Tegris: Thermoplastic composite takes on carbon fiber

Tough, cheap and 100 percent recyclable

Spartanburg, South Carolina, is home to one of the largest privately owned chemical and textile research establishments in the world, Milliken & Company. The firm’s innovative research that combines textiles and chemistry has now produced a thermoplastic composite called Tegris that is cheap, recyclable and tough. These properties make Tegris an attractive alternative to (or composite partner for) carbon fiber, and it’s already proving to have wide ranging applications in the automotive, military and sporting industries.

With increasing demand for lighter and more fuel efficient vehicles using more environmentally-sustainable products, newer polypropylene-based products lay claim to being both green and cheap. Recent developments in additive and resin technologies have improved the performance, ease of production and range of applications for polymers such as polypropylene, particularly Tegris and a rival product named Pure from Dutch textiles manufacturer The Royal Lankhorst Euronete Group.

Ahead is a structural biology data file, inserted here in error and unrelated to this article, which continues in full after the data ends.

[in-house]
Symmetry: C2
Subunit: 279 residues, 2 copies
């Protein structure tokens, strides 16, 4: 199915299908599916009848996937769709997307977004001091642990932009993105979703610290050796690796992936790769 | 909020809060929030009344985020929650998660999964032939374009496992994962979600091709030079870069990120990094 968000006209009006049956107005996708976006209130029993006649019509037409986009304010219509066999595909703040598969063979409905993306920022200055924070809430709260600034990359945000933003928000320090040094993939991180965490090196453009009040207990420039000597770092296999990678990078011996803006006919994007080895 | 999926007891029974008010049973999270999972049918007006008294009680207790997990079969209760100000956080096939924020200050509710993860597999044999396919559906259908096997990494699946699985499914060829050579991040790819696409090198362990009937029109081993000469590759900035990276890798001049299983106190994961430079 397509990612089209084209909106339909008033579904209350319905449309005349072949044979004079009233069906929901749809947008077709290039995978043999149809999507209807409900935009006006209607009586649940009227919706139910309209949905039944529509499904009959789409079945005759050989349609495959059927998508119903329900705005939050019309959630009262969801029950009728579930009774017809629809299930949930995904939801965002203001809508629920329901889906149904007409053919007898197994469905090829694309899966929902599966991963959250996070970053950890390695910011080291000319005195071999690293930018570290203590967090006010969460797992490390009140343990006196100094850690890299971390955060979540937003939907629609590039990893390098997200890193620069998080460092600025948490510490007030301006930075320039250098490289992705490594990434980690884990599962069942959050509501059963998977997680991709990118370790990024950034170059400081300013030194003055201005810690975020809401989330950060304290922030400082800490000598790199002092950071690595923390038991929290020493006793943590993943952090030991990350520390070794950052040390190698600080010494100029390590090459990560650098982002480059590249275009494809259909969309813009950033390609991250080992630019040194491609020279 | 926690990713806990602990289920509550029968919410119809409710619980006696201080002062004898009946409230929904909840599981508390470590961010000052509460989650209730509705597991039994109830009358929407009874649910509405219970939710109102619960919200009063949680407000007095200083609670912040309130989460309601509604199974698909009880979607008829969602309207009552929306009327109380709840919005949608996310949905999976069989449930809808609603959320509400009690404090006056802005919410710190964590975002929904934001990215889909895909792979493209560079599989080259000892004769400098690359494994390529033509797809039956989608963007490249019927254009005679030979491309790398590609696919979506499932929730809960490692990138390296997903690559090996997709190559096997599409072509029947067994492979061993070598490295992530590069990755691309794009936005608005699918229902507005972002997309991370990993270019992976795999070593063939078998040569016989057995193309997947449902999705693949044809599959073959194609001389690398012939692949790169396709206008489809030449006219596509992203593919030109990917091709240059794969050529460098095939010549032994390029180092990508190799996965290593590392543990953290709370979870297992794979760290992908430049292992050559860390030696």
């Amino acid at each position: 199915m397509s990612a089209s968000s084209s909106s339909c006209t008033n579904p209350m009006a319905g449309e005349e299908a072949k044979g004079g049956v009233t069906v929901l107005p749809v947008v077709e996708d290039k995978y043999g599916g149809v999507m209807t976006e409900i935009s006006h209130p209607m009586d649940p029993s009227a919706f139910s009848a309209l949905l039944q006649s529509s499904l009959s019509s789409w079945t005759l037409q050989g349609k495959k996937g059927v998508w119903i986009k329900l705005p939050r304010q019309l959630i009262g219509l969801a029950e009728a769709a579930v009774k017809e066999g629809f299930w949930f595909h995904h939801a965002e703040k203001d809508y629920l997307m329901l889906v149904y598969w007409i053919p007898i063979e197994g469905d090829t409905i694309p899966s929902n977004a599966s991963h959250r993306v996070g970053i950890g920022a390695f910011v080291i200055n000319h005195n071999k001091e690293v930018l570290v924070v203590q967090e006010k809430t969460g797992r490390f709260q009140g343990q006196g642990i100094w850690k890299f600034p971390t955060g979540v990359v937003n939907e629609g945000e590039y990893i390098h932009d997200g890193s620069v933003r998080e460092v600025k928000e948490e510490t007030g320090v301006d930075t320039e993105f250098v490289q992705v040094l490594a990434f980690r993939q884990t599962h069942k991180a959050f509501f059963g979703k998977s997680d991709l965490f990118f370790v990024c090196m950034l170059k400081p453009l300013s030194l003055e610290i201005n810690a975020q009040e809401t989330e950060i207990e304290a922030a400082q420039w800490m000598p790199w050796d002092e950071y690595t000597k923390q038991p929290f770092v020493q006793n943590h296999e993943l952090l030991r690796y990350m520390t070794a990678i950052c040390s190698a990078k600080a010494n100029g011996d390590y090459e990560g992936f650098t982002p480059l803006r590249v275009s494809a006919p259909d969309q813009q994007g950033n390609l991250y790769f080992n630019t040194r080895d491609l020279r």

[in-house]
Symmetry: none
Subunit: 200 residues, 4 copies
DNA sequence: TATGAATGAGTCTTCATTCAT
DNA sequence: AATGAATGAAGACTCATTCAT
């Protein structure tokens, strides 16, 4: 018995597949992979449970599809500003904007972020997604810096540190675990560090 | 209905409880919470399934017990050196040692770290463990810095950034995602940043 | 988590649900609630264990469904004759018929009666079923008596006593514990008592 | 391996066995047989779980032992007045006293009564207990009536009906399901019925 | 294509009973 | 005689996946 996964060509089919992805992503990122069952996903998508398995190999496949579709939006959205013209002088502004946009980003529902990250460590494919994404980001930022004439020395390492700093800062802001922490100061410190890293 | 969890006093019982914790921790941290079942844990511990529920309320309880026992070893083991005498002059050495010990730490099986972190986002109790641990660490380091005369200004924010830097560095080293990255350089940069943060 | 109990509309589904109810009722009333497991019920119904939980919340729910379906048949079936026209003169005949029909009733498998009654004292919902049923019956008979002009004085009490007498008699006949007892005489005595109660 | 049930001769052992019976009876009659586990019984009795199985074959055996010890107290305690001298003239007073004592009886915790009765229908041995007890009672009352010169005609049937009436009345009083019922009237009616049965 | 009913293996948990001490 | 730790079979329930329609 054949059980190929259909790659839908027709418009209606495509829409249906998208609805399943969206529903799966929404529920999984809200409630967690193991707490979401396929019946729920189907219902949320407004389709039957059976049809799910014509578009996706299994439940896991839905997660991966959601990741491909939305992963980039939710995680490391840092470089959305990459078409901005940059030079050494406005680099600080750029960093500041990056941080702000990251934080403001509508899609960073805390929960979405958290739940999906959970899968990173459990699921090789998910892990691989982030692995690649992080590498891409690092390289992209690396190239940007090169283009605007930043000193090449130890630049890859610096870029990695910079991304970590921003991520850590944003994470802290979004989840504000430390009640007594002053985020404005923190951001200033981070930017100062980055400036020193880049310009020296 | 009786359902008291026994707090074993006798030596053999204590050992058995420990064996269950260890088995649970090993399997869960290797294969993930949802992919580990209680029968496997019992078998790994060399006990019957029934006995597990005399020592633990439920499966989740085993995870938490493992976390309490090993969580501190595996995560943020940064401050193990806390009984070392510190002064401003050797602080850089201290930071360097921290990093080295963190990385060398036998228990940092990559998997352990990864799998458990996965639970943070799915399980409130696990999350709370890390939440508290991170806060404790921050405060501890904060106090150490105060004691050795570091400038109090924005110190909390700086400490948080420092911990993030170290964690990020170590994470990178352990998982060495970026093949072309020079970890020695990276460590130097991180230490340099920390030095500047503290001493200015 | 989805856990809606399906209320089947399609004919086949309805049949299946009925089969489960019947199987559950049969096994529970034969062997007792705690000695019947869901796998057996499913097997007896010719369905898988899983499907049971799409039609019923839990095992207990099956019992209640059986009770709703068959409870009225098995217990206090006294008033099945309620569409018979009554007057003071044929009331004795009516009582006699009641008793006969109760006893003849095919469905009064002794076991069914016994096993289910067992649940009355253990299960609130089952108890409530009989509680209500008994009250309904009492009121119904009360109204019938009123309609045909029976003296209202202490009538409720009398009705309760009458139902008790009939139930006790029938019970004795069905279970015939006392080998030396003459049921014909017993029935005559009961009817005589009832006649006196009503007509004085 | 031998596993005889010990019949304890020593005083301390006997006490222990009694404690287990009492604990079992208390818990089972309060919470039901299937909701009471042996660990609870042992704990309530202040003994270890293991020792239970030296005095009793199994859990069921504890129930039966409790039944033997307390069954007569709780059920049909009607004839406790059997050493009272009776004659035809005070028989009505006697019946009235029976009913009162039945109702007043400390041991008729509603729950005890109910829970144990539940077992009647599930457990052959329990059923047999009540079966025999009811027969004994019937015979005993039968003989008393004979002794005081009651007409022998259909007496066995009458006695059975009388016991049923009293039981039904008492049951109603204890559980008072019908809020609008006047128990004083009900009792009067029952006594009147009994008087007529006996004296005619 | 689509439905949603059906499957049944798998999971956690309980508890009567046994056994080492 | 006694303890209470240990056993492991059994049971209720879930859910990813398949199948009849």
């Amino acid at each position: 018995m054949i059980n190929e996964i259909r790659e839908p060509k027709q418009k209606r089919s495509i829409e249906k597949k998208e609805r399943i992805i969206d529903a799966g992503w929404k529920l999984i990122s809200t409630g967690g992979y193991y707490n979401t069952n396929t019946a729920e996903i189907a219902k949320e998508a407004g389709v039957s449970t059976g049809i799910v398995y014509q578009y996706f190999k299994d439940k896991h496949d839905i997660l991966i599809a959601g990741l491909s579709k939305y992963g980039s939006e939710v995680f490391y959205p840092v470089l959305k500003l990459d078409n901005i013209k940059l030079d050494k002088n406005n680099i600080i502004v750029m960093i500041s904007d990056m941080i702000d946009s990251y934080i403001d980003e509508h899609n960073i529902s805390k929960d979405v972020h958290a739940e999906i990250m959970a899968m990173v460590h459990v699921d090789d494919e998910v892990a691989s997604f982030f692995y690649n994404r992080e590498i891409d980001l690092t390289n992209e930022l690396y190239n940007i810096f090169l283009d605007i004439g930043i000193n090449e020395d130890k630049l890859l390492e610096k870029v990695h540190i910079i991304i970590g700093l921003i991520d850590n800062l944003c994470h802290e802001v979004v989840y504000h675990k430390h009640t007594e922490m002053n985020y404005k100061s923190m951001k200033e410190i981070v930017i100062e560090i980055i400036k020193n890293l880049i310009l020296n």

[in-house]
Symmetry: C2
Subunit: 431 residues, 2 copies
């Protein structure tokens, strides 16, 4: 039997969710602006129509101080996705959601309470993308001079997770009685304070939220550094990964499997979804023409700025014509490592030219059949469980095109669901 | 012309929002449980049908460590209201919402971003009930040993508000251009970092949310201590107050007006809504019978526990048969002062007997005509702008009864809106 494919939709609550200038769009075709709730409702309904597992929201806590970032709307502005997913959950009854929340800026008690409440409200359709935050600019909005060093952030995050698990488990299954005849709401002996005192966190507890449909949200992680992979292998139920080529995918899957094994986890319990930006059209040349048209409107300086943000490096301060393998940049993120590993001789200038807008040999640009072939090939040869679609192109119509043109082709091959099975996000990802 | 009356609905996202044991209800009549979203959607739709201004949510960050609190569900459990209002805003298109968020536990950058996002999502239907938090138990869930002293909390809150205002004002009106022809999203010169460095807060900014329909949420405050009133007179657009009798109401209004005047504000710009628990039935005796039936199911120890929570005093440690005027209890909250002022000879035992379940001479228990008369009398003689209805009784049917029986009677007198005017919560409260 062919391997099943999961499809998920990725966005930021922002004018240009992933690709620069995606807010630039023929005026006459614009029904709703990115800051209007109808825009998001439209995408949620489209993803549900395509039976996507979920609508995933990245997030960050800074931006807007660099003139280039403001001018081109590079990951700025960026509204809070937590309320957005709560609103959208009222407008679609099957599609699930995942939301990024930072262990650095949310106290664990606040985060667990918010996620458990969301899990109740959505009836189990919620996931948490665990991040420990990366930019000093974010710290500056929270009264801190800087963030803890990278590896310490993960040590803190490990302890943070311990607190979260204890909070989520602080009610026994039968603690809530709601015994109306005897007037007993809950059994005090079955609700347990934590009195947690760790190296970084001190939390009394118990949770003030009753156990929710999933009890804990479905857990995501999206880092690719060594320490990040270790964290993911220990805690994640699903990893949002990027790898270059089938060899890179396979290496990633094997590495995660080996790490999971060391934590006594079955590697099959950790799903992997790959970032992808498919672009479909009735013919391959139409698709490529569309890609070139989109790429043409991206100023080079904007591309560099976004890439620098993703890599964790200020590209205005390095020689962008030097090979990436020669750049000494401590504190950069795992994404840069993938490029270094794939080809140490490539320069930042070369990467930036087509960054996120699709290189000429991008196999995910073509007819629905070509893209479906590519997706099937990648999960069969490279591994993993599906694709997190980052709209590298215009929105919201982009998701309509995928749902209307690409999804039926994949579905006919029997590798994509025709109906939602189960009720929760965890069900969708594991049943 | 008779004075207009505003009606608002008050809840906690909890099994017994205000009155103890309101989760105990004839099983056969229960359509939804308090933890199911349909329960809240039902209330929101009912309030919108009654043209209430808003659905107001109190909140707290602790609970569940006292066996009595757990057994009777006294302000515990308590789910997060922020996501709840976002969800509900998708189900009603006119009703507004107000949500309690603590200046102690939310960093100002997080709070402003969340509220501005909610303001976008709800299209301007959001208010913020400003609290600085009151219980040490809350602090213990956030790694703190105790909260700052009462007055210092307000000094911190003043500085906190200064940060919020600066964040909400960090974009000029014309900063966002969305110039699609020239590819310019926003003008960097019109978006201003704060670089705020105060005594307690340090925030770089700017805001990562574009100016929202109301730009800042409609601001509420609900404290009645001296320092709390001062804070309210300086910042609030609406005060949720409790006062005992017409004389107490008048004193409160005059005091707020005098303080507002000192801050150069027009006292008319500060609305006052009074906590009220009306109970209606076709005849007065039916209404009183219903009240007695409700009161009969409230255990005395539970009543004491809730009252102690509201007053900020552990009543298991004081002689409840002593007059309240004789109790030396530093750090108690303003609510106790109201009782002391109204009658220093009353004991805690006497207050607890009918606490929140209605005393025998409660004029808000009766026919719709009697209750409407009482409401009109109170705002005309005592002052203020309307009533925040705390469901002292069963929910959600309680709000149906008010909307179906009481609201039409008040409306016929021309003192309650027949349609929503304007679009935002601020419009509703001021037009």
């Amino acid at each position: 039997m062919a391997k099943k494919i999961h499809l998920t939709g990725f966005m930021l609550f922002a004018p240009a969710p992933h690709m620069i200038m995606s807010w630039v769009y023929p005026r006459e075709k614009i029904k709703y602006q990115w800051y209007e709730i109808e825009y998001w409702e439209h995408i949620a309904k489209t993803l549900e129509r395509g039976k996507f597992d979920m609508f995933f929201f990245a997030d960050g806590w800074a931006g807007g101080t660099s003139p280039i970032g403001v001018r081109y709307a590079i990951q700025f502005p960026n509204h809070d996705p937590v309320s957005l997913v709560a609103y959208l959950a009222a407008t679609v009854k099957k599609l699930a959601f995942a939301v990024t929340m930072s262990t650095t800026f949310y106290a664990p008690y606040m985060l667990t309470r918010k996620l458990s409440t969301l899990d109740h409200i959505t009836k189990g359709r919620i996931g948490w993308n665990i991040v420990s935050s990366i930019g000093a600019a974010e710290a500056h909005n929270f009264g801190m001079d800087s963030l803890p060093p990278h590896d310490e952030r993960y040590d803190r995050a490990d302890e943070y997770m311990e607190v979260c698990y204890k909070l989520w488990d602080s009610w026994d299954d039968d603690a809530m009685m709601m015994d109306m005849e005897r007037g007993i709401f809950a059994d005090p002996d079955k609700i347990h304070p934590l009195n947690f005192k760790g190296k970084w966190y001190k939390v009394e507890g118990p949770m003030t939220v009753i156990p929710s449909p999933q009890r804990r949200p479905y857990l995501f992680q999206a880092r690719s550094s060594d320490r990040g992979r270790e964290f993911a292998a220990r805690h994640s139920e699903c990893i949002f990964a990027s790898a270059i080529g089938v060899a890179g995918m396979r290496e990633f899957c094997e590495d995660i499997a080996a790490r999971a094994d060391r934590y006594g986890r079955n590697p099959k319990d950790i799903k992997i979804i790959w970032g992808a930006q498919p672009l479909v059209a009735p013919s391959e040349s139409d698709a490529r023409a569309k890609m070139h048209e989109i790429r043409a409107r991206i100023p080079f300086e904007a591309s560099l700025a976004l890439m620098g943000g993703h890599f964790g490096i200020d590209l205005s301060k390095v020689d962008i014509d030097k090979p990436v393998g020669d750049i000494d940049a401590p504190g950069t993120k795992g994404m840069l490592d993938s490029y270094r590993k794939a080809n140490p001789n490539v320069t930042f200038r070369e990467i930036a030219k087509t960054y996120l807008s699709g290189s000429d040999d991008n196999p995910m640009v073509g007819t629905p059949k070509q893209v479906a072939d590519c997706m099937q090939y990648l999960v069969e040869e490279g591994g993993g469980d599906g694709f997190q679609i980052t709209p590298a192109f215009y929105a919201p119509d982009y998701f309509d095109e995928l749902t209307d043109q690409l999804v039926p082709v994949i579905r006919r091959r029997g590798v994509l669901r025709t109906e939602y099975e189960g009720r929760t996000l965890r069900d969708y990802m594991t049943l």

By collaborating with its clients, Milliken has been able to leverage its new technologies in interesting ways. One example is a carbon fiber/Tegris/carbon fiber sandwich that has equal stiffness to a carbon fiber-only structure, yet is 18 percent lighter, more damage tolerant and requires twice the energy to break. Another is an aluminum/Tegris/aluminum sandwich construction, which takes three times the energy to break.

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